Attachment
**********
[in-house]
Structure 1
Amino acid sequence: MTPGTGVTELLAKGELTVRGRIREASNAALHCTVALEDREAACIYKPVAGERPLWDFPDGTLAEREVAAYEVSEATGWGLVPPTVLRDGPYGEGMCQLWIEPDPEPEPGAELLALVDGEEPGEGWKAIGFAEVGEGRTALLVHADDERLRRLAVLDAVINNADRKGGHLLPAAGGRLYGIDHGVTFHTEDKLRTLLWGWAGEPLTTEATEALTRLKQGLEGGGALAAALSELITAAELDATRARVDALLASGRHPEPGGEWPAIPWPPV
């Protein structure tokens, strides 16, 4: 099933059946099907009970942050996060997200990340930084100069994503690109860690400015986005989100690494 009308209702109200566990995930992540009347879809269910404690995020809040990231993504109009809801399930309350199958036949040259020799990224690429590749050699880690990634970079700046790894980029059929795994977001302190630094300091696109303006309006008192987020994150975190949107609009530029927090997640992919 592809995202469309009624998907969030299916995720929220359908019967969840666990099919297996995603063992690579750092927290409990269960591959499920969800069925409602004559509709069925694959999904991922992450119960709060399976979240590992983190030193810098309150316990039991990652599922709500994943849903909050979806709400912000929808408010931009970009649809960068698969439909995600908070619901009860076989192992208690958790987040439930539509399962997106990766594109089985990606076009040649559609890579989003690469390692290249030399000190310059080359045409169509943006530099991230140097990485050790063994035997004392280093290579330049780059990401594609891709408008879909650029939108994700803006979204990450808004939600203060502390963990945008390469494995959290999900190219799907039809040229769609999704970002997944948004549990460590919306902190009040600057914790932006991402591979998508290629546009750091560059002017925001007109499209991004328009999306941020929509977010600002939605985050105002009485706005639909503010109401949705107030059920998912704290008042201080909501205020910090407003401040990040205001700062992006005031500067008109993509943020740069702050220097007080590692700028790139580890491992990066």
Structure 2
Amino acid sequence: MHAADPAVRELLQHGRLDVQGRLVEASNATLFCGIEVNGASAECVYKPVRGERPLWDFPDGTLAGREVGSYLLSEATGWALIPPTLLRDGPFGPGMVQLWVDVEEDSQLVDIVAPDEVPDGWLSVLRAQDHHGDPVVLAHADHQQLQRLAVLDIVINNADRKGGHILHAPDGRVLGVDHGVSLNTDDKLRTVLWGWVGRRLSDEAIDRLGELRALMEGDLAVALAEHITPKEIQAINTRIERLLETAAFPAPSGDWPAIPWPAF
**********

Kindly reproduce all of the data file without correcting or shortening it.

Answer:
[in-house]
Structure 1
Amino acid sequence: MTPGTGVTELLAKGELTVRGRIREASNAALHCTVALEDREAACIYKPVAGERPLWDFPDGTLAEREVAAYEVSEATGWGLVPPTVLRDGPYGEGMCQLWIEPDPEPEPGAELLALVDGEEPGEGWKAIGFAEVGEGRTALLVHADDERLRRLAVLDAVINNADRKGGHLLPAAGGRLYGIDHGVTFHTEDKLRTLLWGWAGEPLTTEATEALTRLKQGLEGGGALAAALSELITAAELDATRARVDALLASGRHPEPGGEWPAIPWPPV
């Protein structure tokens, strides 16, 4: 099933059946099907009970942050996060997200990340930084100069994503690109860690400015986005989100690494 009308209702109200566990995930992540009347879809269910404690995020809040990231993504109009809801399930309350199958036949040259020799990224690429590749050699880690990634970079700046790894980029059929795994977001302190630094300091696109303006309006008192987020994150975190949107609009530029927090997640992919 592809995202469309009624998907969030299916995720929220359908019967969840666990099919297996995603063992690579750092927290409990269960591959499920969800069925409602004559509709069925694959999904991922992450119960709060399976979240590992983190030193810098309150316990039991990652599922709500994943849903909050979806709400912000929808408010931009970009649809960068698969439909995600908070619901009860076989192992208690958790987040439930539509399962997106990766594109089985990606076009040649559609890579989003690469390692290249030399000190310059080359045409169509943006530099991230140097990485050790063994035997004392280093290579330049780059990401594609891709408008879909650029939108994700803006979204990450808004939600203060502390963990945008390469494995959290999900190219799907039809040229769609999704970002997944948004549990460590919306902190009040600057914790932006991402591979998508290629546009750091560059002017925001007109499209991004328009999306941020929509977010600002939605985050105002009485706005639909503010109401949705107030059920998912704290008042201080909501205020910090407003401040990040205001700062992006005031500067008109993509943020740069702050220097007080590692700028790139580890491992990066």
Structure 2
Amino acid sequence: MHAADPAVRELLQHGRLDVQGRLVEASNATLFCGIEVNGASAECVYKPVRGERPLWDFPDGTLAGREVGSYLLSEATGWALIPPTLLRDGPFGPGMVQLWVDVEEDSQLVDIVAPDEVPDGWLSVLRAQDHHGDPVVLAHADHQQLQRLAVLDIVINNADRKGGHILHAPDGRVLGVDHGVSLNTDDKLRTVLWGWVGRRLSDEAIDRLGELRALMEGDLAVALAEHITPKEIQAINTRIERLLETAAFPAPSGDWPAIPWPAF